Americans had been lynched by white mobs across Oklahoma. But none in Tulsa.
Then, on May 31, 1921, an African American teenager, Dick Rowland, was accused of
assaulting a white woman, Sarah Page. An angry mob of whites soon formed to lynch
veterans went downtown in order to protect Rowland and prevent the lynching from
happening. But when a scuffle broke out and a shot was fired, the white mob turned its
wrath against all of us and against Greenwood. Tulsa's darkest hour had begun.
The violence was unprecedented. Given a free hand--and guns--by the local authorities,
white rioters attacked us on the streets and in our homes, and lit the first fires along the
edges of Greenwood. We fought back, with guns and determination, and defended our
homes and businesses, families and churches. But when dawn broke on the morning of
June 1, 1921, thousands of whites, some armed with machine guns, gathered to invade
Greenwood. We were simply outnumbered and outgunned.
Block by block, the tidal of terror came, as armed whites broke into and looted our
homes and businesses. They then set them on fire. The police and National Guard,
meanwhile, rather than trying to stop the white rioters, instead arrested us.
By the end of the day, whites had burned down more than one thousand of our homes
and businesses, and more than fifteen of our churches. And while we were held
under armed guard, our dead were buried in unmarked graves.
Greenwood, it seemed, was gone.
'Get out of that street with that
child or you will both be killed.'
I felt it was suicide to remain in the building,
for it would surely be destroyed and death in the
street was preferred, for we expected to be
shot down at any moment. So we placed our
trust in God, our Heavenly Father, who seeth
and knoweth all things, and ran out in Greenwood
in the hope of reaching a friend's home."
Mary E. Jones Parrish
Journalist and Riot Survivor
"Events of the Tulsa Disaster"
We mourned our dead, helped each other, and got back to work. When the city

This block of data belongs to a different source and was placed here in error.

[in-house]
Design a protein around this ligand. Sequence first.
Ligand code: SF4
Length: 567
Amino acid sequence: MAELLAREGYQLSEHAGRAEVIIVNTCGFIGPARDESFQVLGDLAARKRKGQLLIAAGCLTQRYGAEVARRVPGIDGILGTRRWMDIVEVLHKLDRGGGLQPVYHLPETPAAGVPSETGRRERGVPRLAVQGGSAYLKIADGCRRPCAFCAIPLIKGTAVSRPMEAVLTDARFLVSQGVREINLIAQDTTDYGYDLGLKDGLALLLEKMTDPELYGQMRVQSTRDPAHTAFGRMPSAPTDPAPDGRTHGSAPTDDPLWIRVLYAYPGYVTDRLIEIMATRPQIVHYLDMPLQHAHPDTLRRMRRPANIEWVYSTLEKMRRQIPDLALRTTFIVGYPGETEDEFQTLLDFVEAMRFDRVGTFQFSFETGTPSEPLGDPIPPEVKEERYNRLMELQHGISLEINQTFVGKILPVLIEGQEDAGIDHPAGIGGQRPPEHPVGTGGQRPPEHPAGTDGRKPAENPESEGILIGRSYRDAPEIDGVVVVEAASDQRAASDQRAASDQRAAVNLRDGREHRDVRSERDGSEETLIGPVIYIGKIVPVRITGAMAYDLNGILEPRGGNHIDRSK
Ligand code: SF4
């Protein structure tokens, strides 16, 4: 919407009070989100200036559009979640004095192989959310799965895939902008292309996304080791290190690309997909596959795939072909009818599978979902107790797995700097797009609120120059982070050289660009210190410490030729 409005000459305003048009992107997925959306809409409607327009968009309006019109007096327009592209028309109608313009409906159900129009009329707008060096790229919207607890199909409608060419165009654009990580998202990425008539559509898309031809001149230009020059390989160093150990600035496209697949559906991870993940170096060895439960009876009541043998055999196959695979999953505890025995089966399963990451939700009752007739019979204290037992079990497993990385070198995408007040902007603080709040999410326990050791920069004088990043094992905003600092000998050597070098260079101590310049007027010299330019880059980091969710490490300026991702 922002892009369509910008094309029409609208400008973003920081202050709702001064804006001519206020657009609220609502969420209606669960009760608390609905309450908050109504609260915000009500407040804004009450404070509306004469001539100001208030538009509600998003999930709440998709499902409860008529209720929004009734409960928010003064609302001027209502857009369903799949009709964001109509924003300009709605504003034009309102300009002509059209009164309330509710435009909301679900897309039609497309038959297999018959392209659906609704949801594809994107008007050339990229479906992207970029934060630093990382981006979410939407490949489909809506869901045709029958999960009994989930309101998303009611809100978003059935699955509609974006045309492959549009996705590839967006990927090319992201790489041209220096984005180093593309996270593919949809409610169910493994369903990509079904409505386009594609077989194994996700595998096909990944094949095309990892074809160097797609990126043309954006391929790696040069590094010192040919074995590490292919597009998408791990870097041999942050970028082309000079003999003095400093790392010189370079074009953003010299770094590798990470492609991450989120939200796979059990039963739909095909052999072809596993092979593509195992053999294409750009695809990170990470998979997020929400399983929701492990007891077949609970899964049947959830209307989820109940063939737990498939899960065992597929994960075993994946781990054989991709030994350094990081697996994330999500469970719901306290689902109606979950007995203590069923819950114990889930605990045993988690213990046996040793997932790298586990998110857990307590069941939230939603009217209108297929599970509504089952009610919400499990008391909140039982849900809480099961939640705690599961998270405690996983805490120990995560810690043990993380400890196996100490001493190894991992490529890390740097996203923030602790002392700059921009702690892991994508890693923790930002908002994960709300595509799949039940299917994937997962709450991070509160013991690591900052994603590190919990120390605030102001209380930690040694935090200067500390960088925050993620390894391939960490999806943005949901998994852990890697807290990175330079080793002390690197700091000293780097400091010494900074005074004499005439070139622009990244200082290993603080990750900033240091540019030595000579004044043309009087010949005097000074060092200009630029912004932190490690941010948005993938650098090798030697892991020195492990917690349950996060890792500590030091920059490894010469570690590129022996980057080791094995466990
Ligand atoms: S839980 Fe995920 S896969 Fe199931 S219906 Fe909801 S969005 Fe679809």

fathers tried to use the fire ordinances to keep us from rebuilding, lawyers B.C. Franklin,
P.A. Chappelle, and I.H. Spears beat them in court. And brick by brick, block by block,
Greenwood rose again. Out of the ashes of intolerance and fires of hatred
came new homes and businesses, schools and churches like Mt. Zion and Vernon A.M.E.
Out of the horrors of 1921 came renewed strength and pride, grit and determination.
New decades would bring new struggles. We fought against Jim Crow laws
and lynch mobs, all-white juries and segregated opportunity.
became the first African American to attend the University of Oklahoma Law School.
In 1958, two years before the Greensboro sit-ins, we sat down at segregated lunch
counters in Oklahoma City, Enid and Stillwater. In the years since, we have battled
urban renewal and restrictive housing covenants, struggled to save our schools,
and fought to gain recognition and reparations for Tulsa's race riot survivors.
And in the end, we will persevere.
For this land, this Oklahoma, is our land, too. We have built its cities and worked
its farms, raised its children and fought in its wars. On its altars of freedom you will
find our blood as well. For hundreds of years, beneath its endless skies, we have lived
and worked, laughed and wept, loved and died. And as we have climbed, so have you.
Now, we must all climb together.
Erected 2010 by Concerned Citizens and Organizations, the City of Tulsa, and the Oklahoma State Legislature.
Location. 36° 9.655′ N, 95° 59.41′ W. Touch for map. Marker is at or near this postal address: 321 North Detroit Avenue, Tulsa OK 74103, United States of America. Touch for directions.
Other nearby markers. At least 8 other markers are within walking distance of this marker. The Tulsa Race Riot of 1921 (within shouting distance of this marker); John Hope Franklin Reconciliation Park (within shouting distance of this marker); Mt. Zion Baptist Church (about 600 feet away, measured in a direct line); Booker T. Washington High School (approx. ¼ mile away); Philtower Building (approx. 0.6 miles away); Pentane (C5H12) Molecular Model (approx. 0.7 miles away); Tulsa's Oldest House (approx. ¾ mile away); Pioneer Association Picnic Grounds 1921 Memorial (approx. ¾ mile away). Touch for a list and map of all markers in Tulsa.
Categories. • African Americans • Civil Rights • Disasters • Settlements & Settlers •
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Credits. This page was last revised on December 18, 2017. This page originally submitted on December 18, 2017, by William Fischer, Jr. of Scranton, Pennsylvania. This page has been viewed 137 times since then and 30 times this year. Photos: 1, 2, 3, 4, 5, 6, 7, 8, 9, 10, 11, 12, 13, 14, 15, 16, 17, 18, 19, 20, 21, 22. submitted on December 18, 2017, by William Fischer, Jr. of Scranton, Pennsylvania.